Katrina Morris, wildlife biologist and environmental review coordinator for the Georgia Department of Natural Resources, said researchers are worried about the trail of caves that extend into the Blue Ridge, and biologists are planning a "bat blitz" of research in late July at Fort Mountain State Park.
The blitz will include three nights of mist netting at 30 to 40 sites, as well as acoustic sampling, she said.
"The more information we can get about these bats before white-nose gets here, the better," Ms. Morris said.
Despite efforts that began more than a year ago, researchers say bat numbers are down drastically in the Cherokee catch, study and release efforts.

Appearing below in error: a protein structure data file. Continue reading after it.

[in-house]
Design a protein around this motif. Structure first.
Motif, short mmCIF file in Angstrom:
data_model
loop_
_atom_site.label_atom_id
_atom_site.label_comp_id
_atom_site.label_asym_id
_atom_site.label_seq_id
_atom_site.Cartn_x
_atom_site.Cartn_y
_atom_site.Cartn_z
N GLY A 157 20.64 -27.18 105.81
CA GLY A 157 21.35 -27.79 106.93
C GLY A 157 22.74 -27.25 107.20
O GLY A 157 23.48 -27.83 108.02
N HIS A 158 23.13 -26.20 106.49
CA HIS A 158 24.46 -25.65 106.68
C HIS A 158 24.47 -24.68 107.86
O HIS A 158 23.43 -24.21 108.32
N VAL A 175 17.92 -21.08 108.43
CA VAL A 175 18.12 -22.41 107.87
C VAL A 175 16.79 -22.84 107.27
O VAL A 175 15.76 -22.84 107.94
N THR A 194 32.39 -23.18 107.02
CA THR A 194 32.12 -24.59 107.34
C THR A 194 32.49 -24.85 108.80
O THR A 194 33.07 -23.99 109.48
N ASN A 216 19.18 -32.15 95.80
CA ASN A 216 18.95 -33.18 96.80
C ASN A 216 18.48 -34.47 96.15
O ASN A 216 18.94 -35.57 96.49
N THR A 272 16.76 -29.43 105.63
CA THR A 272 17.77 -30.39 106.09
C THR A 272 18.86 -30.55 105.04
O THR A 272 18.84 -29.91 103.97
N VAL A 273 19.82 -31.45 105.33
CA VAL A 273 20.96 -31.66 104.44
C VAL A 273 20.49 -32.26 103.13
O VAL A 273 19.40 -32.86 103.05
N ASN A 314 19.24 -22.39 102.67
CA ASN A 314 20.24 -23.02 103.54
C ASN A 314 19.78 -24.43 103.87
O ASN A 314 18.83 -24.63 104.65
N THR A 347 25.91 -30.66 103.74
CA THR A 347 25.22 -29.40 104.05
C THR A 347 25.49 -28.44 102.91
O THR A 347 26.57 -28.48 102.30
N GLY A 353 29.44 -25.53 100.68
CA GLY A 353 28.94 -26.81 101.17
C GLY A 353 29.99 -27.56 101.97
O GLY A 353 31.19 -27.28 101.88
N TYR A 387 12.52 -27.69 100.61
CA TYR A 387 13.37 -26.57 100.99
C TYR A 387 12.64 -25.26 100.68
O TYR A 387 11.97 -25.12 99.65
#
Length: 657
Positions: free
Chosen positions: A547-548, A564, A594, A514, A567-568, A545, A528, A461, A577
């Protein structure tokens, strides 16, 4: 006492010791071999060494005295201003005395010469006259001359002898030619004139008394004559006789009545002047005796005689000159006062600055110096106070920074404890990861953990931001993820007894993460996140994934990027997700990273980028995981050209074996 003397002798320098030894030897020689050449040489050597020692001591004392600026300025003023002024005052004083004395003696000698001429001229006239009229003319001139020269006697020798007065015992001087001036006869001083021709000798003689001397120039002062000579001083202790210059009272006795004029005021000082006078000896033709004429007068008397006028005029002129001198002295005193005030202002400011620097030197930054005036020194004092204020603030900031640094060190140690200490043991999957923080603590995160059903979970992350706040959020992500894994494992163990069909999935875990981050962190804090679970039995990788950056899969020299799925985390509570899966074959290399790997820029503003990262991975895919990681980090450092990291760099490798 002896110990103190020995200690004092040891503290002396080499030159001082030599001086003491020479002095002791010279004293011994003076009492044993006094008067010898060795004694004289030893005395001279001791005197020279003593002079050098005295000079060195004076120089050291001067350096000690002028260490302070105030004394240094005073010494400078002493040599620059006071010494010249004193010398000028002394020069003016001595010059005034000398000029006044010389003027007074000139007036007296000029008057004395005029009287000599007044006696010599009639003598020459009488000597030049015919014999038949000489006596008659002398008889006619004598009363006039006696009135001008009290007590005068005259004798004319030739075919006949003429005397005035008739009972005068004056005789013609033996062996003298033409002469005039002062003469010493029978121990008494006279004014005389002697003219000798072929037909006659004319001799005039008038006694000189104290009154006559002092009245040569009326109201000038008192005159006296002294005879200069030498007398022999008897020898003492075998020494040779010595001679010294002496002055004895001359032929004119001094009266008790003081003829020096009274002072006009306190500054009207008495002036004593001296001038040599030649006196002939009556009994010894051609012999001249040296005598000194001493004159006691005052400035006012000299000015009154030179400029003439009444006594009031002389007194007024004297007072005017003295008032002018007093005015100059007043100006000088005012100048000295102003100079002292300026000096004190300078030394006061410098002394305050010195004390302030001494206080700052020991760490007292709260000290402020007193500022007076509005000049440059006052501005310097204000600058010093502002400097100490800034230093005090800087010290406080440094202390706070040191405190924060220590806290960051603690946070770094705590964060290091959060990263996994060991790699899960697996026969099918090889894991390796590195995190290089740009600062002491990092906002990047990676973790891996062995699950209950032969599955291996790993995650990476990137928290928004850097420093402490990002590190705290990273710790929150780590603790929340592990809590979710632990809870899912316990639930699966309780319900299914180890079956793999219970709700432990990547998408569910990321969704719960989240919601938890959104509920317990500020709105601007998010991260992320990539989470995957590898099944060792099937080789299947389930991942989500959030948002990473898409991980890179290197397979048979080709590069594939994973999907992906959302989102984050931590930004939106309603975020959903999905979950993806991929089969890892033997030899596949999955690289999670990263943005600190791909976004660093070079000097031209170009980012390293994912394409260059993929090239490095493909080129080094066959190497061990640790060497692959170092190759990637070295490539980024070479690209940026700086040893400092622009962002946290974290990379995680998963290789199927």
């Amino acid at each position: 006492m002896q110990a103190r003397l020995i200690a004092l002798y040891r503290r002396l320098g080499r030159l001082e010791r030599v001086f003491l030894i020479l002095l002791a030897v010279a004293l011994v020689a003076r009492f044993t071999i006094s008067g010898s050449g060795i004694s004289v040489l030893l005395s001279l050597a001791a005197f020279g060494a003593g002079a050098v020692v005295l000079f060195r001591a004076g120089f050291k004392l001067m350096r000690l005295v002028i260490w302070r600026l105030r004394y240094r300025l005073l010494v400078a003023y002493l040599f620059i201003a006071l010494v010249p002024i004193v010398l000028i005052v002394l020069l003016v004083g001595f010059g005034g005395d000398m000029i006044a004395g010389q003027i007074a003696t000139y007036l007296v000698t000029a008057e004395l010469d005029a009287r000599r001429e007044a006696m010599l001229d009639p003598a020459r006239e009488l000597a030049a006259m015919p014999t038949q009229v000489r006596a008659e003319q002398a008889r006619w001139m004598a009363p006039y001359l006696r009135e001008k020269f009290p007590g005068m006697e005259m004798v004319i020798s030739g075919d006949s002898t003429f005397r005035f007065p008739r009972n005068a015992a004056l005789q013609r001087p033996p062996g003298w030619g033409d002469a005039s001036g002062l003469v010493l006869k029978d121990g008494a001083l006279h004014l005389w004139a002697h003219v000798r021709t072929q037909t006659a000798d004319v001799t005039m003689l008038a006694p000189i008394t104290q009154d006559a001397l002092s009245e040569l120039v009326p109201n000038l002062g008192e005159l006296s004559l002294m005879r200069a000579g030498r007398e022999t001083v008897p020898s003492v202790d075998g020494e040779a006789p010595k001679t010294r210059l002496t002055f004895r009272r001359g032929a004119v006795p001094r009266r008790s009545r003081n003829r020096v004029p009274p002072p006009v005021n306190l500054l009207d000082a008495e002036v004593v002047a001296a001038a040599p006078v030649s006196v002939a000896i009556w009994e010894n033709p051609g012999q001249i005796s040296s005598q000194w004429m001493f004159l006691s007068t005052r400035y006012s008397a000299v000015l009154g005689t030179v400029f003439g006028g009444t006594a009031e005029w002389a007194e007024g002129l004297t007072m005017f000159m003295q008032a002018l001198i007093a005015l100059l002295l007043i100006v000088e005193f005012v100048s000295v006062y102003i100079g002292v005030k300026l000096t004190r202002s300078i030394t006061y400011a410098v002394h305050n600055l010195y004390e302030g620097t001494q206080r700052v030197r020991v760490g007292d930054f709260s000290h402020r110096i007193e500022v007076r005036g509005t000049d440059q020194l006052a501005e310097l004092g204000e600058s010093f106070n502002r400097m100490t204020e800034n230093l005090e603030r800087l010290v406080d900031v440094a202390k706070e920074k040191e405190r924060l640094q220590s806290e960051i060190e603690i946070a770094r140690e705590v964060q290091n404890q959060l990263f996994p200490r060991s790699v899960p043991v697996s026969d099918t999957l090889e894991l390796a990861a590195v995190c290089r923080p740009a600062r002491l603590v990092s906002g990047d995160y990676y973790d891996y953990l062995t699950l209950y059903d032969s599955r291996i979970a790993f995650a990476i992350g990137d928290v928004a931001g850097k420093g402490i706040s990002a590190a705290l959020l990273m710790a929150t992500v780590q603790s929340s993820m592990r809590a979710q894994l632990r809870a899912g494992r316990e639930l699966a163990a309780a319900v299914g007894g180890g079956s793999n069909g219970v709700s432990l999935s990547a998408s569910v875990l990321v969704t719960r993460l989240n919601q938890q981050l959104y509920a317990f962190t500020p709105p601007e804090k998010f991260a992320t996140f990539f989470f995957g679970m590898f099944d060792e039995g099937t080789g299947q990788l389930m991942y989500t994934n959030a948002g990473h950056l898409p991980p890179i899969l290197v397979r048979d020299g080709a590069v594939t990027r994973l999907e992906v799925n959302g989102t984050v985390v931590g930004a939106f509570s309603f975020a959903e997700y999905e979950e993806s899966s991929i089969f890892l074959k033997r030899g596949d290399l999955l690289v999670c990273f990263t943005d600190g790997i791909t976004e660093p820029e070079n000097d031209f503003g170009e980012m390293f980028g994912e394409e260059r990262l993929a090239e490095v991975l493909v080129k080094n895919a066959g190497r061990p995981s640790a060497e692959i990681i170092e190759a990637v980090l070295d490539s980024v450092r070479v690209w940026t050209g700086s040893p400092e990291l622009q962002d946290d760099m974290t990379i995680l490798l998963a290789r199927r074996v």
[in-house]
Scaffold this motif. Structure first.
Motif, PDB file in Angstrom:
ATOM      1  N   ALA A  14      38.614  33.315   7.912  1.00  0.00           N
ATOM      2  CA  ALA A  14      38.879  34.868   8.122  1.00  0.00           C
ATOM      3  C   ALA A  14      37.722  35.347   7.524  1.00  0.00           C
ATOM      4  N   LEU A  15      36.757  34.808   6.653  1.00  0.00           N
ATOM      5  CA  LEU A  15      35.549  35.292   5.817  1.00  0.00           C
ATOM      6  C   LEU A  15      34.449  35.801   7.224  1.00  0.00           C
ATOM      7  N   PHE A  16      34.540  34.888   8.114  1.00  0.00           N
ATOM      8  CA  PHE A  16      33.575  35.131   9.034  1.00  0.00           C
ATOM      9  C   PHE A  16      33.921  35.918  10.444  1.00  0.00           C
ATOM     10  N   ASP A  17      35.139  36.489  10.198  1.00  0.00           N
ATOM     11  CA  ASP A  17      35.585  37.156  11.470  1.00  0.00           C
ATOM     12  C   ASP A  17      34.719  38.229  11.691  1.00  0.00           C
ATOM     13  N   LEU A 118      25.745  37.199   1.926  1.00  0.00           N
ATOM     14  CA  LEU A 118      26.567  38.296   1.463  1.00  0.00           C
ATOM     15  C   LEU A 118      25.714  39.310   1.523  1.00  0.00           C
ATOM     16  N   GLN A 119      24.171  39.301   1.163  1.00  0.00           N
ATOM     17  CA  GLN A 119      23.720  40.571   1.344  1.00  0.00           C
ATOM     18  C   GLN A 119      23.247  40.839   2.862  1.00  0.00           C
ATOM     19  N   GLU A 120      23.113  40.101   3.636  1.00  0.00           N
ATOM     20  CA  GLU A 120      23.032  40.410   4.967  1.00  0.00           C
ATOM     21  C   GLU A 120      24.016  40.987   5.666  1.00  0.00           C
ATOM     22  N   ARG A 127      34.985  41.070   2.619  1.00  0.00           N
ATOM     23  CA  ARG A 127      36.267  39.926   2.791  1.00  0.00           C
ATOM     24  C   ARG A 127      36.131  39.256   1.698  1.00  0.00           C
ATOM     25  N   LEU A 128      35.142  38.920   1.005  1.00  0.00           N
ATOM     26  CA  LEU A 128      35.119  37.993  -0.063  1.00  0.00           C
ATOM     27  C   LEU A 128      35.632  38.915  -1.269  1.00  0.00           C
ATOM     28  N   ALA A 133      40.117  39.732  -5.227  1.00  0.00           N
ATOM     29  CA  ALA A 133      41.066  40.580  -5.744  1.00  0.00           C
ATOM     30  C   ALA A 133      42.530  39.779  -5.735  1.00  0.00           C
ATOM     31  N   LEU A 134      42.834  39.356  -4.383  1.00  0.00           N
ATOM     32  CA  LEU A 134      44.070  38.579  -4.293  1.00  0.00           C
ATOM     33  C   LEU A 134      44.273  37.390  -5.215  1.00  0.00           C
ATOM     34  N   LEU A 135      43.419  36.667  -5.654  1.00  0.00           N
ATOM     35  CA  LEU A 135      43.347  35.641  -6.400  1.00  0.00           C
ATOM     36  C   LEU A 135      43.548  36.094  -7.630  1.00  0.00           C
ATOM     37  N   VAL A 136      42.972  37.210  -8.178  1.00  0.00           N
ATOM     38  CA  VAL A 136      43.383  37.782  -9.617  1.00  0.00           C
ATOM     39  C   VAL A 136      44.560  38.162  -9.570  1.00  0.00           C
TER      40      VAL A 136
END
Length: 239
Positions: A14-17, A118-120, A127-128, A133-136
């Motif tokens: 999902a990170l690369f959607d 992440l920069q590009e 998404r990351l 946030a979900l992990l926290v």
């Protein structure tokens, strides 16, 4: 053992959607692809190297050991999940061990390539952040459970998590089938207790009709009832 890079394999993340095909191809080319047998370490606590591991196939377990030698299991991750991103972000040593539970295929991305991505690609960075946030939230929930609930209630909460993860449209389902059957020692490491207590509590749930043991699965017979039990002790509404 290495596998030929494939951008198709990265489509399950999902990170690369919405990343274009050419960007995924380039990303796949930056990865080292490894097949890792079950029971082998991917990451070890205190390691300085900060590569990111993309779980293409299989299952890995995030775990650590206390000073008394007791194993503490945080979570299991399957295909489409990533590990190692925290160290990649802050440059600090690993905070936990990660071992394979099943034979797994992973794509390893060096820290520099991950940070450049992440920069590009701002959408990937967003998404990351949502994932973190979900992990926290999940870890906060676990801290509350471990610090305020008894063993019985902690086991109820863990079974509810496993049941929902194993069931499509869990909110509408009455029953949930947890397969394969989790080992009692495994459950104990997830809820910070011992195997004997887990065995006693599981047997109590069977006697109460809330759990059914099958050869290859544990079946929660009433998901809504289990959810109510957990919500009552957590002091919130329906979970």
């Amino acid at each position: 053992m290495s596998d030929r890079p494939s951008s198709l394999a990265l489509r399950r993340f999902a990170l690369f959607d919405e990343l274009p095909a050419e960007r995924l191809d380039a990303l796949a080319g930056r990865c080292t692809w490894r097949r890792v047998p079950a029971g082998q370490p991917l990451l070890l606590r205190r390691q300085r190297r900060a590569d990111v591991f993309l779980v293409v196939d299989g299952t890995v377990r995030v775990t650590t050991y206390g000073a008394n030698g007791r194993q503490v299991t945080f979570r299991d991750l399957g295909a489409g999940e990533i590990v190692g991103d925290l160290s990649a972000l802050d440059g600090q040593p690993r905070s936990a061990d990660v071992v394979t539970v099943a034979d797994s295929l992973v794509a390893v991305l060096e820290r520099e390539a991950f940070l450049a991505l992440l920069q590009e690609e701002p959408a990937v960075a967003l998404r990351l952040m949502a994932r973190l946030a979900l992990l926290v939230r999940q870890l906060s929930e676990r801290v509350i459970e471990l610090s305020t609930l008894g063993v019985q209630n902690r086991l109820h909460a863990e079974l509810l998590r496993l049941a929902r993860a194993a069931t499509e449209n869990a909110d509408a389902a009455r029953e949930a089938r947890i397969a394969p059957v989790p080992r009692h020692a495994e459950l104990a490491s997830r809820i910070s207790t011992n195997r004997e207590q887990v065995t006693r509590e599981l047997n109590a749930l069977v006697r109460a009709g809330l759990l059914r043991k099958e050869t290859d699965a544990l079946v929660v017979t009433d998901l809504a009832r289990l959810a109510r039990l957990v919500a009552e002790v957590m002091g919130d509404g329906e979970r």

Last year, Forest Service officials closed caves to cavers in hopes of stopping or slowing the spread of the disease. Now, not even researchers are going into the caves without stringent decontamination protocol.
Also, to avoid the human spread of the fungus, researchers working the mist nets now must use separate equipment for areas where the fungus has been found and for those where it hasn't been found.
Even in areas where the disease has been confirmed, they must spend hours on rigorous washing and decontamination processes for their clothing, boots, nets and other equipment.
The researchers are beginning to use transmitters to track the bats they catch for up to 21 days before the glue that attaches them dissolves and the equipment falls off.
"Unfortunately, we may not know just how important (bats) are until the decline in the populations allows us to see exactly what they were doing," Dr. O'Keefe said.
Continue reading by following these links to related stories: